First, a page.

True to his name, however, this was just Randy lying in the grass ready to strike. He caught Drew with an RKO and looked like a man destined for the main event in a place that unfortunately houses the Philadelphia Eagles.

Then Logan Paul changed everything with a pair of brass knuckles. Payback for that clip at the top of this section, no doubt.

Once again, Drew found himself at a crossroads: Take the high road or the path most taken. He won the match so clearly you know which route he chose. He let someone else do the work for him while he reaped the glory with a one-arm pin.

It’s a fantastic story that gets me every time. The elimination chamber match is the perfect venue for that theme too since it’s all about capitalizing on mistakes and taking the W when it’s presented. Drew did what anyone else might do and should do. But within context, it looks hypocritical. That’s a perfect ending that also sets up Randy vs. Logan.

Speaking of the future, the territory sowed seeds for another Mania matchup. AJ Styles jumped into the match with a chair after Bobby Lashley’s elimination. AJ made a beeline for LA Knight and pumeled the Megastar.

That presented anyone with an opportunity to eliminate LA. Guess who covered LA with one arm for the three count?

Drew McIntyre.

The match itself delivered because it just felt violent. It helps that this match contained legitimate beef between Kevin Owens and Logan, which became the catalyst for this:

All in all, consider me very satisfied with this match. I’m looking forward to the aftermath because I see potential in several directions, with questions also. What of KO? If Randy gets Logan, where does he go? And what’s Bobby’s role at Mania now? Seth Rollins vs. Drew is locked in and I’m hoping Drew gets the belt here. But that’s for a later date. For now, just watch this match if you missed it and revel in the fine storytelling.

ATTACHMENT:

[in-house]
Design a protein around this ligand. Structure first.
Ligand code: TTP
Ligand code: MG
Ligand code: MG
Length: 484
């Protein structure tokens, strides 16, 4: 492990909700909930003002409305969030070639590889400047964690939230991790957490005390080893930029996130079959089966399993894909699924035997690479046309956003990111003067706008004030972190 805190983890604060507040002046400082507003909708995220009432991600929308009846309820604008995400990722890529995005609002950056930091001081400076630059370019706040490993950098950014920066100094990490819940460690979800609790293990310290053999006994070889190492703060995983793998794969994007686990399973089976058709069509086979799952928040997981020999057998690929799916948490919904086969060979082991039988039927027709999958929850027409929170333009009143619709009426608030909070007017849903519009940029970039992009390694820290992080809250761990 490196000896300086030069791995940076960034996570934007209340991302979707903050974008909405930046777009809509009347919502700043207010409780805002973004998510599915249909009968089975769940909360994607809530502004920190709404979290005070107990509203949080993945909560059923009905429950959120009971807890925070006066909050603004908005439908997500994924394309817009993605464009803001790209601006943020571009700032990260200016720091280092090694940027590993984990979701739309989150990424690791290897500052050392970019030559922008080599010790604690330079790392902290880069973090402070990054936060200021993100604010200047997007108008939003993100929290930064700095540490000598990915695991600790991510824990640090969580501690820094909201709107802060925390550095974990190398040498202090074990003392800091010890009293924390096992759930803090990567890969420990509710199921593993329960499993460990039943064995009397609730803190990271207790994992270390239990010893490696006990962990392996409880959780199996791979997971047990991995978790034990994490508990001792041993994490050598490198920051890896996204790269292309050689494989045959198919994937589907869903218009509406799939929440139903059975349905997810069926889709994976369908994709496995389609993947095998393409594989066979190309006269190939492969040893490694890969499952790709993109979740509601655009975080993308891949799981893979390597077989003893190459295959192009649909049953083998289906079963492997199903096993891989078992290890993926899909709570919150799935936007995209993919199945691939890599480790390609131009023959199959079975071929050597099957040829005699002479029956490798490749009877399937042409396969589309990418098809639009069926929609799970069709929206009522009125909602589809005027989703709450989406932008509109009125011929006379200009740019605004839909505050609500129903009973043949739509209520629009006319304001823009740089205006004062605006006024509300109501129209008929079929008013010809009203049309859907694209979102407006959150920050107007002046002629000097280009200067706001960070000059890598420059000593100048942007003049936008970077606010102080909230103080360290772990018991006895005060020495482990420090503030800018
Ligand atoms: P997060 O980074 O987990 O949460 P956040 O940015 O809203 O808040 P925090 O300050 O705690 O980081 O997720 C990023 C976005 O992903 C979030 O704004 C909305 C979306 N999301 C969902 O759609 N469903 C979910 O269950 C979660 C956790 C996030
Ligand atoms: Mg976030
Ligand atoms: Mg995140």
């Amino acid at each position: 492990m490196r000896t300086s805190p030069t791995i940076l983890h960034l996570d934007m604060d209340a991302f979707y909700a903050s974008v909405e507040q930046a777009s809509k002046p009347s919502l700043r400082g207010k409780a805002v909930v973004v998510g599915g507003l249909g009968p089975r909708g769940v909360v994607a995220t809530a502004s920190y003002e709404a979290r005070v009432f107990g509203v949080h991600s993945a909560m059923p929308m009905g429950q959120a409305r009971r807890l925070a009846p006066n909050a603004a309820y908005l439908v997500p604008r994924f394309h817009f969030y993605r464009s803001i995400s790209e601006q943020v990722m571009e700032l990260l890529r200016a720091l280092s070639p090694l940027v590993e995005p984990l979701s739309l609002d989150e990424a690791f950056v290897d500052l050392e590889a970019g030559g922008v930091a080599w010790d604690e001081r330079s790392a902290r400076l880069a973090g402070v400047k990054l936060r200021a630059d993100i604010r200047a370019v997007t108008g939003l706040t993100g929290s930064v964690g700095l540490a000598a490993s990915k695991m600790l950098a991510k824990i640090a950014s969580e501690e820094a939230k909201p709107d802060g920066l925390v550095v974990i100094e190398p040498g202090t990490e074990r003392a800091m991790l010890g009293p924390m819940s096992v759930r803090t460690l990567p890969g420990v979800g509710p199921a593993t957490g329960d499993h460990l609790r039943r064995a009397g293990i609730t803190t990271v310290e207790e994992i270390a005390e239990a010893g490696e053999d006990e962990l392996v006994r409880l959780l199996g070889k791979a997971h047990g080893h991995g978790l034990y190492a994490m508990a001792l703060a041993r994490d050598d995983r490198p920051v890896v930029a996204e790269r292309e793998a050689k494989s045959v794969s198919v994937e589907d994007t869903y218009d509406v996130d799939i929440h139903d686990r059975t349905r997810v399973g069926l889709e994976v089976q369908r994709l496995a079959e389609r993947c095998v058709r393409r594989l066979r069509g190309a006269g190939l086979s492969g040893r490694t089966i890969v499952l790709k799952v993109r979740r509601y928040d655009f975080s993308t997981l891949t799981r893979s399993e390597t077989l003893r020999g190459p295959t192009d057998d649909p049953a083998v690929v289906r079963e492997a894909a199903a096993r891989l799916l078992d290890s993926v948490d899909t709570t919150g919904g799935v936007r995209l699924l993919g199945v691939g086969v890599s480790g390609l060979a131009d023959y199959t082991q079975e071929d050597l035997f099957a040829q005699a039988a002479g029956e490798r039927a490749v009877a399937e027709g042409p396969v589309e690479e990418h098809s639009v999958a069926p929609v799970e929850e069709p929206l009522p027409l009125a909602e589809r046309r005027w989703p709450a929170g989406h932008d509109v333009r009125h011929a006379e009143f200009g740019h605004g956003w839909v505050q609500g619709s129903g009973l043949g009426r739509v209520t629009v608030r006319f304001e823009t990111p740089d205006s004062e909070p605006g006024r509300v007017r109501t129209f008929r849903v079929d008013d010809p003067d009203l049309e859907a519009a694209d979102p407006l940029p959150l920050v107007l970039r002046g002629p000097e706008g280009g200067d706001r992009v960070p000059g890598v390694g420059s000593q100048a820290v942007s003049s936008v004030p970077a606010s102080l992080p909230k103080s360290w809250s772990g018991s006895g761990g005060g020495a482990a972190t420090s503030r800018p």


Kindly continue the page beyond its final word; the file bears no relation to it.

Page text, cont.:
B-Sides

No Quarter

Dom is a wanker. Well said, Australia.

Shoutout to whoever decided that New Catch Republic need an entire presentation. These cats not only got their own logo, but Pete Duane & Tyler Bate have team theme music. I miss joint theme music so much. So often when two singles wrestlers get together, we get this thing where themes elope and create this weird marriage that never sounds right. Like a lot of elopements, it comes off rushed, sloppy, and half-assed. None of that for New Catch Republic! You can’t see it, but I’m raising my hands to the sky and thanking the deity to whom I pray that this happened. You should do the same.

As for the tag team championship match itself, of course it delivered. Tyler & Pete are so dope together in the ring. I genuinely love their tandem offense but not for the big moves like the double Tyler Driver or the big Birminghammer. It’s for the little things like Tyler tagging in, jumping off the top ropes over his partner, and doing a slight kick off Pete’s shoulders for a bit more elevation on the way down. I don’t imagine WWE highlighting that move often, if at all, but it’s a small thing that turned into something larger the longer the match went.

The little things always work when done well.